Does your child’s day-care center make the grade?

Just 10 of 25 facilities in SCP meet tough new voluntary standards

April 18, 2007 at 1:18 pm  | Mobile Reader | Pring this storyPrint 

A study of child-care centers conducted by the respected National Association of Child Care Resources and Referral Agencies placed Louisiana 51st in the nation, dead last in providing adequate child-care services for kids. But 10 facilities in St. Charles Parish meet new high standards recommended by the state, placing them among the best of the best.

They are:

- Boutte Christian Academy

- Kids Club

- Noah's Ark

- 4 Star

- Small World

- The First Few Years

- Kid's Academy

- Grace Kids

- Little Acorns

- Little Doves

Just because your child’s center isn’t on the list doesn’t mean it’s a bad one. There are other quality facilities in the parish, too.

And you can determine if your child’s center is a good one by checking its grade.

“B” centers meet minimum state standards and are both approved and adequate. “A” centers meet even higher standards. By law, grades must be posted where you can see them.

The facilities named in the list above have gone “the extra mile” to meet what are, for now, strictly voluntary criteria the state has established in an effort to upgrade child care statewide.

Ann Williamson, secretary of the Department of Social Services office in Baton Rouge, told the Herald-Guide: "This new study highlights the importance of the ‘quality child-care movement’ now under way at DSS.

“I - like other child-care professionals in Louisiana - was troubled by the low ranking,” she continued.

“That's why we're committed to turning things around.

“We’re working hard to overhaul the state’s child-care licensing requirements.”

Sherry Guarisco, director of child care and early childhood education in the DSS Office of Family Support, added:

“Our new child-care licensing regulations and our newly launched Quality Rating System will help us provide children with a high standard of care.

“Through participation in QRS, DSS will offer increased training and technical assistance to centers, as well as help with incentives to retain child-care staff.”

Louisiana is one of only three states in which child-care businesses in private homes are not required to be licensed, which lowered the state’s overall score, the national report said.

Other factors that contributed to the low rating were heavy caseloads for center inspectors, low frequency of inspections, overall health and safety requirements, background checks for staff, staff qualifications generally, and the number and quality of children’s activities.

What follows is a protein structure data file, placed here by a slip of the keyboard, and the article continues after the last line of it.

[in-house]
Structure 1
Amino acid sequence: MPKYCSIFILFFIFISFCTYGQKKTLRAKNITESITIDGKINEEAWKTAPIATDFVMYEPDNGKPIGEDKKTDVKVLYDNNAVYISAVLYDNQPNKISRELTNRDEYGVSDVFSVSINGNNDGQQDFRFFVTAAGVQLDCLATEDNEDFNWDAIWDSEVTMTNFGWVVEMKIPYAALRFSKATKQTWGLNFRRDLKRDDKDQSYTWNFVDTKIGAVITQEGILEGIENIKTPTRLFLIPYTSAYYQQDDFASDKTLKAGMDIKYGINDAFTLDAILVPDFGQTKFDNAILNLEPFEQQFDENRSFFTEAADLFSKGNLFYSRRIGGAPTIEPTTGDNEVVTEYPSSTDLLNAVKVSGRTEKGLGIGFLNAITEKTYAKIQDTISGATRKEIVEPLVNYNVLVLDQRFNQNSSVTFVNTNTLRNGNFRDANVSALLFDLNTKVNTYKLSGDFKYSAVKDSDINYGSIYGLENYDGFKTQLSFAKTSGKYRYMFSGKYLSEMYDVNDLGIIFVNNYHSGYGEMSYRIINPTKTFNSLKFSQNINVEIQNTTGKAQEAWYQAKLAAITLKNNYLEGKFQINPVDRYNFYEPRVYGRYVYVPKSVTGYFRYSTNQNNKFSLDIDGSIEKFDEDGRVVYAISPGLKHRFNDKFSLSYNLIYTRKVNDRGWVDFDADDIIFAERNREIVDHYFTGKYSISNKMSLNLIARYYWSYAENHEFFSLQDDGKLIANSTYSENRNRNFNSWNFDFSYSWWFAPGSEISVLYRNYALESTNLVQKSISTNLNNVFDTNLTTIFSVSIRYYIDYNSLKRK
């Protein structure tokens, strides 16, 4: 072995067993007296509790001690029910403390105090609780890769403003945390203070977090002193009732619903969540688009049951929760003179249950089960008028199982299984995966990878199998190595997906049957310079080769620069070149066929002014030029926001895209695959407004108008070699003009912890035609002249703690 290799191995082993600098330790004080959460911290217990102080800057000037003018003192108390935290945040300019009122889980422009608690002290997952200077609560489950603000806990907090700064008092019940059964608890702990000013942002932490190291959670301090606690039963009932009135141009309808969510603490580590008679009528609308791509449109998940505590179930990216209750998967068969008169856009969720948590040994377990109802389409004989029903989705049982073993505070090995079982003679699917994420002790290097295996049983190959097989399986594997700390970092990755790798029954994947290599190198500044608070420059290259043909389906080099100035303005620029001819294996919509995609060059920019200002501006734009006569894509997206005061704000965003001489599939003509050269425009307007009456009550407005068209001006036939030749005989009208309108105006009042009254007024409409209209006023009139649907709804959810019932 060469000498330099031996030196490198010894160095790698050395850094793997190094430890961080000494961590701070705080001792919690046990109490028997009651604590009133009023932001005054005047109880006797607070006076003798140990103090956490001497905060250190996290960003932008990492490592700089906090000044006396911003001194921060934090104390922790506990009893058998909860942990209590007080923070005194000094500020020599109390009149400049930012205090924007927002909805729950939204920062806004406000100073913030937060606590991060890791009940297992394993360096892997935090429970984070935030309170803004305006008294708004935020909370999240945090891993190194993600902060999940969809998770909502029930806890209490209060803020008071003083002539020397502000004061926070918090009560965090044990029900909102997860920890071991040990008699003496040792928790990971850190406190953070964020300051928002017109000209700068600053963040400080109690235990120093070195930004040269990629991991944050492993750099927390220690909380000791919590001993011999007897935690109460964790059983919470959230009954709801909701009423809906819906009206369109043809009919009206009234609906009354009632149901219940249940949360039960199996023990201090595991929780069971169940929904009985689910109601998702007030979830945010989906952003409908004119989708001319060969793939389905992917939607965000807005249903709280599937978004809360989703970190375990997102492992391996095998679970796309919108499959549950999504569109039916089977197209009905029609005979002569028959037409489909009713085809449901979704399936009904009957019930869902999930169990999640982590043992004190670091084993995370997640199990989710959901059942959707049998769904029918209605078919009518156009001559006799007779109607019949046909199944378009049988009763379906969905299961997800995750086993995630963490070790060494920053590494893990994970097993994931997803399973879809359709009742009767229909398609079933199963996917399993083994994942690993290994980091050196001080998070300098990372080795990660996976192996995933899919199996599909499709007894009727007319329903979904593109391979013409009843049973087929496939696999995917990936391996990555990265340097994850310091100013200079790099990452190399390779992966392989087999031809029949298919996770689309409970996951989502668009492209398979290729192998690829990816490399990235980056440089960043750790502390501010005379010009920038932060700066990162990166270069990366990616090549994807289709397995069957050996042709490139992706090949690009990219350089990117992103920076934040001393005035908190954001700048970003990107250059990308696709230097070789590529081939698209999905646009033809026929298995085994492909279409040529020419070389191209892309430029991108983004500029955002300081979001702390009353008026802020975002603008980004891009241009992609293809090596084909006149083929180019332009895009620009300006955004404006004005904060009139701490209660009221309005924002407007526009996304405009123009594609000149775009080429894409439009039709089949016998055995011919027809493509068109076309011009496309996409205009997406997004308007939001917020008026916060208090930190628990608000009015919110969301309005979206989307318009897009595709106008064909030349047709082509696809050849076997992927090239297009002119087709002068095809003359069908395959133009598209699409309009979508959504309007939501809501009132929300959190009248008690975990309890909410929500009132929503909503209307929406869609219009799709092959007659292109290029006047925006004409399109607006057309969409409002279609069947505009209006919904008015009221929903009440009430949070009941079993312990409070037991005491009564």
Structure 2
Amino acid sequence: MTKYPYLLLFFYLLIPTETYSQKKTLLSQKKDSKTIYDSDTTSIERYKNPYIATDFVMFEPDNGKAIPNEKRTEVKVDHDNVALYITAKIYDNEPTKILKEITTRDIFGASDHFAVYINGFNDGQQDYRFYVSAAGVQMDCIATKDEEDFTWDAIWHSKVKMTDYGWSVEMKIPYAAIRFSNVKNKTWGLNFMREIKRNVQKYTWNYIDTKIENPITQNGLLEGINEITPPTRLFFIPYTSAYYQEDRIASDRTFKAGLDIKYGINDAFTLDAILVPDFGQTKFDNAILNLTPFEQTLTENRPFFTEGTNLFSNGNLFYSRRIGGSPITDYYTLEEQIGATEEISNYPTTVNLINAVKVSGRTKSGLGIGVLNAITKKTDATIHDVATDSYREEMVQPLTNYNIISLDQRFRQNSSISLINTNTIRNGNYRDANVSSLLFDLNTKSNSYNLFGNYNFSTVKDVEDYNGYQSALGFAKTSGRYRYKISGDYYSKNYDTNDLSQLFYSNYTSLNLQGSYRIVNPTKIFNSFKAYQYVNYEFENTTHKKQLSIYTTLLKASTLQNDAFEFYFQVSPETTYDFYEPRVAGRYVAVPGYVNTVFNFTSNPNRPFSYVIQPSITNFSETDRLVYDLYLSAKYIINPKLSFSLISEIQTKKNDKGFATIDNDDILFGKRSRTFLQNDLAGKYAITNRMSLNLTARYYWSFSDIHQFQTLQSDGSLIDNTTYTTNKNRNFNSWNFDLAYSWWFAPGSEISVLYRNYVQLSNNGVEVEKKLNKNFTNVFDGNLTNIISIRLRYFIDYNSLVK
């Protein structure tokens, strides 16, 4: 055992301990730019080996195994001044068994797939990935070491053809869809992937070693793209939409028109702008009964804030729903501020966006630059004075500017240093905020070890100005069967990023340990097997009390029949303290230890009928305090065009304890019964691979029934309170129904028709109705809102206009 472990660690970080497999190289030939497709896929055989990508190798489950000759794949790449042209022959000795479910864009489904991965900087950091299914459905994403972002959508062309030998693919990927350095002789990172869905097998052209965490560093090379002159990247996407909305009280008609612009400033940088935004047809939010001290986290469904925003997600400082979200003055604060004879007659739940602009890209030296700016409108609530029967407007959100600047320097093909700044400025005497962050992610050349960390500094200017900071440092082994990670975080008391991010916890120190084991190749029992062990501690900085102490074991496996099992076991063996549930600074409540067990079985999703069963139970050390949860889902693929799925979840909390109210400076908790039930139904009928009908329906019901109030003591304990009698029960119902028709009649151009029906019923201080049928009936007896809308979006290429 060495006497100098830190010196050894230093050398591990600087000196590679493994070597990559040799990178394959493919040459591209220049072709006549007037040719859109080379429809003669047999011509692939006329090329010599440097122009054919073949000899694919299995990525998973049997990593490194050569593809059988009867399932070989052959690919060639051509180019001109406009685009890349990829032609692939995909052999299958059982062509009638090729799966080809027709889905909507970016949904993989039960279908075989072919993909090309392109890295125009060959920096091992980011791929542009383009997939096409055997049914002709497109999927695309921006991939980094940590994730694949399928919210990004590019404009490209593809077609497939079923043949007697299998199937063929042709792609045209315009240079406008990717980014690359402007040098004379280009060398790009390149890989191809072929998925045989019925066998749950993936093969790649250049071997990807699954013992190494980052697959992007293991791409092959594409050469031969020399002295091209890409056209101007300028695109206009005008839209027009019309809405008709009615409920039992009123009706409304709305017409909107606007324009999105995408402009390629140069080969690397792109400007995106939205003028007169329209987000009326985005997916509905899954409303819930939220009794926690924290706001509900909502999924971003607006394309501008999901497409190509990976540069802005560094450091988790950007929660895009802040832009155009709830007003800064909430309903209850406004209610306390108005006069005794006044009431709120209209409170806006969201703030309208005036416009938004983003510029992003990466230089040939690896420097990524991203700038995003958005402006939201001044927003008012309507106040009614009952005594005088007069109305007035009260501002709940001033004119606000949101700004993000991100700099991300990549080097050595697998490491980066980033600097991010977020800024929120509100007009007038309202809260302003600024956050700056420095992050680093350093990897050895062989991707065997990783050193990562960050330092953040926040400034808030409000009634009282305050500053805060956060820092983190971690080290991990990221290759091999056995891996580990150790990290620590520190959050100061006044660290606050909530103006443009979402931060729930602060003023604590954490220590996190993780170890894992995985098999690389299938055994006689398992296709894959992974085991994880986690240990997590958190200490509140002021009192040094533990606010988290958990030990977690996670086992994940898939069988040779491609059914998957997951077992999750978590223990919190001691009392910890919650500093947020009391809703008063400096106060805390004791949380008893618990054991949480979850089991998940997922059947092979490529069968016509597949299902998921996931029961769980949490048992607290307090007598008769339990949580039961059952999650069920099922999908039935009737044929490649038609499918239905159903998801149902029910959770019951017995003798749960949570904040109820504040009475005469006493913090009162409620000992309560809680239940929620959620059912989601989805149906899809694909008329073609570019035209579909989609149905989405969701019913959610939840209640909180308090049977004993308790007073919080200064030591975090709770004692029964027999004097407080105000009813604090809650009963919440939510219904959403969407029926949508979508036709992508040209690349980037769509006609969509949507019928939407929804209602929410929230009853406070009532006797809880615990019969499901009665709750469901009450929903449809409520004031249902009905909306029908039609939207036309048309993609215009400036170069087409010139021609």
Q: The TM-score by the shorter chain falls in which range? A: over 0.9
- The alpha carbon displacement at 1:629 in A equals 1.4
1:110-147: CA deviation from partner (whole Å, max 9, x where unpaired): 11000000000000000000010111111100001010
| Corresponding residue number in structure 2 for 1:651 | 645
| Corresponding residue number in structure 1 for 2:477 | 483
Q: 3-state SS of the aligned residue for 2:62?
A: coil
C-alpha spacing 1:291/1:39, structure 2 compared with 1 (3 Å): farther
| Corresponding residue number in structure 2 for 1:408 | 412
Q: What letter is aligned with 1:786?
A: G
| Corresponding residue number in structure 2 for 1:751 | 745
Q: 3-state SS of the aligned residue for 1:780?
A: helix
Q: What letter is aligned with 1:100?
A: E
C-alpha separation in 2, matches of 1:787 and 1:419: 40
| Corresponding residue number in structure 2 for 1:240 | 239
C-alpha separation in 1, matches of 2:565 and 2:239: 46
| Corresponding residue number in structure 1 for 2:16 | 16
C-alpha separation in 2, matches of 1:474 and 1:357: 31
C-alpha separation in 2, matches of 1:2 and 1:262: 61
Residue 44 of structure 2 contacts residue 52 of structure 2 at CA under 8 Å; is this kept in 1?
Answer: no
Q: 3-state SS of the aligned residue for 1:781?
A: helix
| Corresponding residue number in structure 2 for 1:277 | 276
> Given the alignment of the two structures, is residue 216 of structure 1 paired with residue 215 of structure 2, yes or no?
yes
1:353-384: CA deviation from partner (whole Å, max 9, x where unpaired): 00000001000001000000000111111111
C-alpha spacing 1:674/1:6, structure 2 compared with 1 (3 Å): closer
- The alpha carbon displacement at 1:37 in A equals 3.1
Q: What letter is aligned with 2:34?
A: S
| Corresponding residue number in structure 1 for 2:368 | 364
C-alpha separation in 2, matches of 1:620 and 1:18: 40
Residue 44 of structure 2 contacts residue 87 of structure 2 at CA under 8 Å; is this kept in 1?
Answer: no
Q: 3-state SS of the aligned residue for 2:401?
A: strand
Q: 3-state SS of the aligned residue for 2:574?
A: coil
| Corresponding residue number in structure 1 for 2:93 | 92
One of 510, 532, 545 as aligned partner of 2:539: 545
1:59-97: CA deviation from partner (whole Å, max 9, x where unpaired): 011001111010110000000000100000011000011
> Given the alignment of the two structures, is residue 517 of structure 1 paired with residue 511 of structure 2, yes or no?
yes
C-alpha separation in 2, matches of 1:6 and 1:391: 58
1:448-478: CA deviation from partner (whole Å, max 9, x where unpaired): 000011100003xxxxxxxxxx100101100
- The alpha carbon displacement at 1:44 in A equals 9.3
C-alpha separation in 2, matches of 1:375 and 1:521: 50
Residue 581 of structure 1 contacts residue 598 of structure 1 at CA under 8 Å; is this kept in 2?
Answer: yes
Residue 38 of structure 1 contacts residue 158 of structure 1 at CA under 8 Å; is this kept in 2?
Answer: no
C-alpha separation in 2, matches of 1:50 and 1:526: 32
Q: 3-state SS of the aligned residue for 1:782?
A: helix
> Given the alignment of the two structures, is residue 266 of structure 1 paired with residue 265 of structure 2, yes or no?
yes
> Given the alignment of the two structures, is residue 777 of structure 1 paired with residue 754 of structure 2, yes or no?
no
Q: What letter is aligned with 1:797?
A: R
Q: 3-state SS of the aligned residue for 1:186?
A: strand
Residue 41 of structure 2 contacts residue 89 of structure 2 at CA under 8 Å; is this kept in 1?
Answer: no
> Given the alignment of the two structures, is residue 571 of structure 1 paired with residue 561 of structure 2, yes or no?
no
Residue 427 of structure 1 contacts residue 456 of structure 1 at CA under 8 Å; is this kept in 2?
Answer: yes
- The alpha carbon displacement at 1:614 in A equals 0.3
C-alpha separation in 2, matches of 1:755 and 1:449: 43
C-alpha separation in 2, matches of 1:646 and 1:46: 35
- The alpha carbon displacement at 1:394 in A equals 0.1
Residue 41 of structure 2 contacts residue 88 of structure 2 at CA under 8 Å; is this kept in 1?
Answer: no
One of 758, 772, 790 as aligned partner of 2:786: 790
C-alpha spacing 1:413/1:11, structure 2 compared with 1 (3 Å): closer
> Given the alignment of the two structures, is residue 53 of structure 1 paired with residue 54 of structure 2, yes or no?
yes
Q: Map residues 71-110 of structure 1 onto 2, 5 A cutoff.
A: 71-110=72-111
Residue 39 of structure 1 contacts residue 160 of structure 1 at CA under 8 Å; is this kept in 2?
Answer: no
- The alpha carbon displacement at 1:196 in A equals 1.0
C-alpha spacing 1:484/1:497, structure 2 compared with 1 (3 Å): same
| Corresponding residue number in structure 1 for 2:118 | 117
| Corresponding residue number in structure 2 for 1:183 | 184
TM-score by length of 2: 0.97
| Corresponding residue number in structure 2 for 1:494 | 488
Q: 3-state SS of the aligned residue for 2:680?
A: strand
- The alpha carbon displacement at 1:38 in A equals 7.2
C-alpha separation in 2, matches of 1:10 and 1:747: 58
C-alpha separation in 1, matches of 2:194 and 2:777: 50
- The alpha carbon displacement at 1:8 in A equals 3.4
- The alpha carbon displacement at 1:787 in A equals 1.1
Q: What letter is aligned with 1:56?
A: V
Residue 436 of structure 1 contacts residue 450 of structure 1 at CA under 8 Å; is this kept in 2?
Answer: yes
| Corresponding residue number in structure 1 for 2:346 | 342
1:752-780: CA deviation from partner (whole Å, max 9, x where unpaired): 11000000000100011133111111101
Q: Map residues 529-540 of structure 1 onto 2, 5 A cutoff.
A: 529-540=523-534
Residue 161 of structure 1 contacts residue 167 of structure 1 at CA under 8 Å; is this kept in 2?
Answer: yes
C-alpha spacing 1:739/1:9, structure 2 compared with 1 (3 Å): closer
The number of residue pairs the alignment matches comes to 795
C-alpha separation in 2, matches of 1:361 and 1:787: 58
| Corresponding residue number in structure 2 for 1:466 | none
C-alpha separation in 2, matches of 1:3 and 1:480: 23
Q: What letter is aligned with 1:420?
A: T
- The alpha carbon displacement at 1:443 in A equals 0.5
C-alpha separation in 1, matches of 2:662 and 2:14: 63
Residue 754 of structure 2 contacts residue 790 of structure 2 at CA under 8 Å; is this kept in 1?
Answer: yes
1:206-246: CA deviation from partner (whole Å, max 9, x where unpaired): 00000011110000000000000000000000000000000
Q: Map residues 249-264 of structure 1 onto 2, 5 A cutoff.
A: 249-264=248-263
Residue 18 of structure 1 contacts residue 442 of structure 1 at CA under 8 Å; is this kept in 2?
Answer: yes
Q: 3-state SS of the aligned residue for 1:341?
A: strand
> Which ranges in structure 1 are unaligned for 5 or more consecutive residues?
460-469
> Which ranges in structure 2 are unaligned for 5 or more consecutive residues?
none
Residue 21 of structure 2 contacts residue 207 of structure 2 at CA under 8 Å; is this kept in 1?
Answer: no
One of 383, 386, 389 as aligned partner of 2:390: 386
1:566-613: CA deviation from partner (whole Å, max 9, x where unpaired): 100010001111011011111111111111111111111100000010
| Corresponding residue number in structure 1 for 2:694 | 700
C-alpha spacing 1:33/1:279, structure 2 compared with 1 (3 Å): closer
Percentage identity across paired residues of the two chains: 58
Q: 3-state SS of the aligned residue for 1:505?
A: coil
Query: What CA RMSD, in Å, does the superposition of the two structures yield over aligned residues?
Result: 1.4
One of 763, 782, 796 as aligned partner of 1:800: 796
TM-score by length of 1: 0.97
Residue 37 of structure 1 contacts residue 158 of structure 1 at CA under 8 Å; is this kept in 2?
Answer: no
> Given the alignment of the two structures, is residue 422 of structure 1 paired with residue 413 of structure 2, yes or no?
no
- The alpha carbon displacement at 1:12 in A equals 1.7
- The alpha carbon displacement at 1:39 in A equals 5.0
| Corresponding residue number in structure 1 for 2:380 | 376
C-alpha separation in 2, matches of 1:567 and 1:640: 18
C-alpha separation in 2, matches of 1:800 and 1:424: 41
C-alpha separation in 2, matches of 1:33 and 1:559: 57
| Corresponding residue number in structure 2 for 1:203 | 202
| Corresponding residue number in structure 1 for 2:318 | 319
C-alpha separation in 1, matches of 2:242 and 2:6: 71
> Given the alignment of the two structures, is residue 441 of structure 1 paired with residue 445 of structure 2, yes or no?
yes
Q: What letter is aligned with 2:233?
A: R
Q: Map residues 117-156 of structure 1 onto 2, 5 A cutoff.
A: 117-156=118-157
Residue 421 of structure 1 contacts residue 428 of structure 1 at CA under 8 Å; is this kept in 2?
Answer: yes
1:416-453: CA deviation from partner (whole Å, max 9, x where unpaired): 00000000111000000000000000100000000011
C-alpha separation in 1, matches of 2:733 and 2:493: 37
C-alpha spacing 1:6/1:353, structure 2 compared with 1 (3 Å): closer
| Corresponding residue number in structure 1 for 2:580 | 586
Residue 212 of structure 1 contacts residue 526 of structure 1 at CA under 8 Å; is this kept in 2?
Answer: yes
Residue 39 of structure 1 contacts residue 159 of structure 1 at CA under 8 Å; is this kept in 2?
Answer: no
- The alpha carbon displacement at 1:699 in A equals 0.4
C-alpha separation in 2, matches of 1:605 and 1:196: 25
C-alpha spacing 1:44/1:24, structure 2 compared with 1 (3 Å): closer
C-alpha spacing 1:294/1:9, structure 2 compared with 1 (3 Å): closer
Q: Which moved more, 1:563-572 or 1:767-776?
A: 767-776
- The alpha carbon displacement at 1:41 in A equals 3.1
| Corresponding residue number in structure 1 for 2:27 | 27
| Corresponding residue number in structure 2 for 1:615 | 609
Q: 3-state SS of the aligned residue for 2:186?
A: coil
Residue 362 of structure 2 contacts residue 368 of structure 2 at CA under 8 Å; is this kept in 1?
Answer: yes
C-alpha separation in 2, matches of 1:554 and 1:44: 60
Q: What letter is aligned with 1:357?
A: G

Guarisco is heading up the state’s QRS initiative to establish the Quality Rating System and also “up the ante” on licensing requirements.

Louisiana is the only state with a “legislatively mandated two-tier licensing system.”

There are 327 Class B centers meeting minimum licensing requirements in the state. On an even higher note, there are1,435 Class A centers that meet regulations of a higher standard.

The national survey was based on Class B centers.

DSS spokesmen says the state would have ranked higher than 51st if Class A centers would have been considered.

“We have a lot of work to do (regardless) and we expect to see improvements as the result,” Guarisco said.

The first-of-its-kind national study, called, “We Can Do Better,” was conducted by the Virginia-based NACCR, which sets voluntary national standards for the operation of centers with more than five children.

The report said the highest-ranked centers overall were operated by the Department of Defense on military bases. Illinois was named the top-ranked state.

In the so-called “oversight category,” Louisiana ranked not last, but a respectable No. 22.

In this category, it was noted that all of the state’s licensing staff have earned a bachelor’s degree, inspection reports aremade available to parents, and all child-care centers (aside from those in private homes) are licensed. “While no one is pleased to see such a low overall ranking, we hope parents in Louisiana and other residents will appreciate our efforts to turn around the situation,” Guarisco said.

“Our new QRS rating system, although voluntary, will provide a benchmark for child-care program improvement and an accountability measure for future funding.

“We’re focused on improving the quality of child care in Louisiana, with an emphasis on staff qualifications and training. Many of the criteria used by the study will be covered in our new proposed licensing regulations or will be addressed in our Quality Rating System.”

The system will evaluate child-care centers in the state based on one to five stars, using the criteria of programming, staff qualifications, administrative practices, and family and community involvement.

The first rankings are expected by late summer or early fall

View other articles written Shonna Riggs

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